Analysis of a jar of face cream unearthed in an ancient tomb in northern China has revealed it was made of beef fat and minerals derived from white stalactites in limestone caves. Found in the tomb of a nobleman from the Spring and Autumn Period (ca. 771-476 B.C.), this face cream is the earliest evidence of use of cosmetics by a Chinese man.
The cream was inside a small bronze jar discovered in tomb M49 at the Liujiawa archaeological site, capital of the Zhou Dynasty vassal state of Rui (700-640 B.C.). The tomb’s funerary furnishings included a set of bronze weapons identifying the deceased as a man of aristocratic class, and the ornately decorated bronze jar which was placed in the outer coffin near the man’s head. Just over two inches high, the vessel is u-shaped with two handles and a lid. The lid was still snugly sealed.
These types of vessels have been found before in tombs from the Early Spring and Autumn period, and archaeologists have hypothesized that they held cosmetics, but it could not be confirmed scientifically. The discovery of a sealed jar made it possible to analyze the contents to determine whether they were indeed cosmetics.
When the jar was opened in laboratory conditions, it was found to contain lumps of a yellowish-white material. The substance was analyzed with a variety of technologies including mass spectrometry, X-Ray diffraction, isotope analysis, acid extraction and scanning electron microscopy. The results revealed that the white particles consist primarily of monohydrocalcite (MHC) while the yellowish element was a lipid. MHC is mostly found in lake deposits or caves, and the isotope values pointed to the latter. Analysis of the fatty acids in the lipid sample identified it as ruminant animal fat, likely bovine.
MHC in a soft mud form known as cave moonmilk was harvested from limestone caves, perhaps as part of Taoist ritual. Caves held symbolic significance as the womb metaphors and stalactites were believed to have been formed from the liquid souls of hills. The glossy whiteness of the best stalactites were compared to the most precious jade and valued for their medical as well as cosmetic properties. Stalactites and moonmilk were collected, ground, dried and processed to create the most pure powders.
Cosmetic manufacturing had already become a specialized industry for the supply to the nobility in the early stage of the Spring and Autumn Period, and the involvement of a sorcery/alchemy‐related ingredient (e.g., the collection of cave minerals) enriched the aestheticism with mystic elements. In fact, historical records from the pre‐Qin period described face whitening through cosmetic use as a source of cultural pride. The whitened face with unnatural complexions could conceal defects on the skin and mask a layer of luminous homogeneity, enhancing the facial bilateral symmetry in contrast with the black eyelashes and black hair. Also, the whitened face eliminates wrinkles, creating an identity of youthfulness and beauty with a manner of majestic which is appealing to the aristocratic class.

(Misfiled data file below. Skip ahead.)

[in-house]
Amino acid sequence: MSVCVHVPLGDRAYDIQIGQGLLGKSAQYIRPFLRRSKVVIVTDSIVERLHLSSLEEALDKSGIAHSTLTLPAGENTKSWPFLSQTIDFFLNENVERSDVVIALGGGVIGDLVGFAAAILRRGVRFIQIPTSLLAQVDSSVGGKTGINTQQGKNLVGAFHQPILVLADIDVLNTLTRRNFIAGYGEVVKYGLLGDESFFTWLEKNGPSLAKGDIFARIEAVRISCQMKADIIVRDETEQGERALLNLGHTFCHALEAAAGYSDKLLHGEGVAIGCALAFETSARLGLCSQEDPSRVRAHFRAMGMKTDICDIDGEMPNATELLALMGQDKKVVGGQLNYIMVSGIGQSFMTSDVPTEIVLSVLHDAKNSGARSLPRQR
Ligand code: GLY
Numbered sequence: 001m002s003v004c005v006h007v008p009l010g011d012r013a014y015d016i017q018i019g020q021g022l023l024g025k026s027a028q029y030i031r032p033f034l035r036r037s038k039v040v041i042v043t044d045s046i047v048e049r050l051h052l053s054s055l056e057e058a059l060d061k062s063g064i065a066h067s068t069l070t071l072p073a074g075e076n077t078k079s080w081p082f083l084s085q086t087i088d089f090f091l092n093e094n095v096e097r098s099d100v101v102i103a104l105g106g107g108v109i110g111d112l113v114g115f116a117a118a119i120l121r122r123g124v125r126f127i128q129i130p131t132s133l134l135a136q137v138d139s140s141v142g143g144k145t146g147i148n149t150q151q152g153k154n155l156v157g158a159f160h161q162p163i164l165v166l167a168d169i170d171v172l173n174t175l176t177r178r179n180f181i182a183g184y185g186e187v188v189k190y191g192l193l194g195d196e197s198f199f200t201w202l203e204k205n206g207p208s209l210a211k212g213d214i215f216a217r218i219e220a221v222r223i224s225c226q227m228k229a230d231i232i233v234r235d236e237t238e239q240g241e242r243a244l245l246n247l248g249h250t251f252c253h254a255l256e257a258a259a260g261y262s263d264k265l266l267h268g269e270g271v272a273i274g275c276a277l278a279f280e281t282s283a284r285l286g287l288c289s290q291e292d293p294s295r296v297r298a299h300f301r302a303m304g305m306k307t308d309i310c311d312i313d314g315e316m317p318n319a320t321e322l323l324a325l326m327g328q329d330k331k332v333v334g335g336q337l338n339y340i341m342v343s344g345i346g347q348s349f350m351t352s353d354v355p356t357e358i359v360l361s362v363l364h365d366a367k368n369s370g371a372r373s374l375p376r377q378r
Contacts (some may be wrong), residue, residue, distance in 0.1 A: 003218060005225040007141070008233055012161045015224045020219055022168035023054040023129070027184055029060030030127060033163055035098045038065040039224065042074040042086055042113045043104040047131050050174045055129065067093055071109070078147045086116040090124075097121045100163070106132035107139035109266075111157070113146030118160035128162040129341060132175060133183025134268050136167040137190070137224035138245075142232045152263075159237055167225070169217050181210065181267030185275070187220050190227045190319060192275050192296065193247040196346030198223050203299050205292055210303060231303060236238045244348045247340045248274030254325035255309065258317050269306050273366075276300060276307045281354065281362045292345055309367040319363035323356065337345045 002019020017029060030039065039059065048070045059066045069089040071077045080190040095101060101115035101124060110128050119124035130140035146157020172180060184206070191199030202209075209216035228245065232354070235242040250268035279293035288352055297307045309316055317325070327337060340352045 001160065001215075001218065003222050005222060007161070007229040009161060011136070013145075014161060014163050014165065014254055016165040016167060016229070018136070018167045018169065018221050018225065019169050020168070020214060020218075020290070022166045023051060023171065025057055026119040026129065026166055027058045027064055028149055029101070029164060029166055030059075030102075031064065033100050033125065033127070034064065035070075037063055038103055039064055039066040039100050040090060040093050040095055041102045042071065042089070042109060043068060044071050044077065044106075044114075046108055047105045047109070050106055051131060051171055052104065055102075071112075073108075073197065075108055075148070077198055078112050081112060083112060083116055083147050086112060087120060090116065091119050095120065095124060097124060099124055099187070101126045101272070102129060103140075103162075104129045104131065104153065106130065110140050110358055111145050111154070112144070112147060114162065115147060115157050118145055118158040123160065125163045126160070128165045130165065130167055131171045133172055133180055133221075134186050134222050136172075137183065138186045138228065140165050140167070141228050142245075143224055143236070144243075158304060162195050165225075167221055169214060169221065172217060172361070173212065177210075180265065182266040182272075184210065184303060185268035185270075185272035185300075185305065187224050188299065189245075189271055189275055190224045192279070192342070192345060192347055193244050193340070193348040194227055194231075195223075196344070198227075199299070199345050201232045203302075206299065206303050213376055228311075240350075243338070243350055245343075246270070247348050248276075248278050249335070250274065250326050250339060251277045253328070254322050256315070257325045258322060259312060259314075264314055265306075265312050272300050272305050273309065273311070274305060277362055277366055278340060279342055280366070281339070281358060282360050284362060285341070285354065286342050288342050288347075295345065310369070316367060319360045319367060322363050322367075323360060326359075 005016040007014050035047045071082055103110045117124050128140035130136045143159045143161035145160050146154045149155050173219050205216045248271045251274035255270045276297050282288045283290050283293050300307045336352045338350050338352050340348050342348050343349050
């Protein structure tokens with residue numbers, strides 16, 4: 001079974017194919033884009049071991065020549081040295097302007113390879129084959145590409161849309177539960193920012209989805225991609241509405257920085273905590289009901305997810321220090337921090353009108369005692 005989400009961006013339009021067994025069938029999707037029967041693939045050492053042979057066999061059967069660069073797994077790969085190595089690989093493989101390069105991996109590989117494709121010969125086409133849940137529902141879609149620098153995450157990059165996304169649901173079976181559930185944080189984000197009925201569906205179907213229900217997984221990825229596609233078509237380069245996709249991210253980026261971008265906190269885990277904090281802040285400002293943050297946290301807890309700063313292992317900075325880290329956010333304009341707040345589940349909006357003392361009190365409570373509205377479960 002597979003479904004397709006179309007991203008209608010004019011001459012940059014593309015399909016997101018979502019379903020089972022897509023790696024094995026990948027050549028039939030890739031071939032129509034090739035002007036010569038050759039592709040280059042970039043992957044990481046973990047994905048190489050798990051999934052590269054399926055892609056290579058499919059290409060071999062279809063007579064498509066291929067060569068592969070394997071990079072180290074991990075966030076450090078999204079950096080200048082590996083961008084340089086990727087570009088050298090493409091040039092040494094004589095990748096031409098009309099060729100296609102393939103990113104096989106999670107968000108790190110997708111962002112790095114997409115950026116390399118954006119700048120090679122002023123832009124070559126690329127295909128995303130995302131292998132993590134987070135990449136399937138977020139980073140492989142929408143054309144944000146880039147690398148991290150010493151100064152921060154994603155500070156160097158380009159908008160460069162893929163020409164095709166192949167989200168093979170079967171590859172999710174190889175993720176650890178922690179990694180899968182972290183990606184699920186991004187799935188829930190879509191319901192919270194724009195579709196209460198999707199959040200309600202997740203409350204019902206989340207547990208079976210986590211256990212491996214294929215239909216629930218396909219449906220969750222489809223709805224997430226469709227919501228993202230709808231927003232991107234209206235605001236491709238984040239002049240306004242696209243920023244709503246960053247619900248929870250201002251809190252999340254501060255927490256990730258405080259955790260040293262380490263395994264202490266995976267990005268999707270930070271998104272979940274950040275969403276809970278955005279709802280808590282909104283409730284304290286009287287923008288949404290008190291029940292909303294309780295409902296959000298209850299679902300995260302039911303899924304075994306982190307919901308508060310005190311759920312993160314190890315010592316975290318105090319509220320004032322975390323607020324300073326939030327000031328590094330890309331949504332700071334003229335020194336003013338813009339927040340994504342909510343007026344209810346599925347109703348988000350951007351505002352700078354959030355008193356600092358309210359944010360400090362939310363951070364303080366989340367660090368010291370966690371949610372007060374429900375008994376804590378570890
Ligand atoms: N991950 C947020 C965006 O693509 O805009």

Another interesting point lies in the male’s use of white cosmetics, which has scarcely been described since the Spring and Autumn Period (mostly female figures were described). In accord with our findings, historical records also suggested the pre‐Qin period (pre‐221 bce) was an emerging era for white makeup cosmetics advocating facial attractiveness with white luminance. This aesthetic taste of the aristocratic class involving cave minerals reflected the increasing awareness of aesthetics and metaphysics in the Spring and Autumn Period that had influenced the subsequent aesthetic taste in history. […]
Residue analysis verifies the earliest cosmetic cream product in China: not only has it pushed back the historical description for cosmetic use of ruminant adipose fat (most likely cattle fat) to the early phase of the first millennium bce, but also it highlighted the special MHC use resulting from the exploitation of cave minerals along with the Taoist School Cave Cultus which adds mystic elements to the aestheticism of cosmetics. The special ingredients and the popularization of similar bronze vessels disclosed the rise of an incipient cosmetics industry in the Spring and Autumn Period which still acts as an important part of our daily life. This archaeological residue study showed that apart from being a culinary ingredient, animal products were also explored in the handcraft industry of cosmetics‐making. It has also deepened our knowledge of natural mineral usage, revealing a special aesthetic taste in the early Iron Age of ancient China and has contributed to the worldwide study of cosmetics development.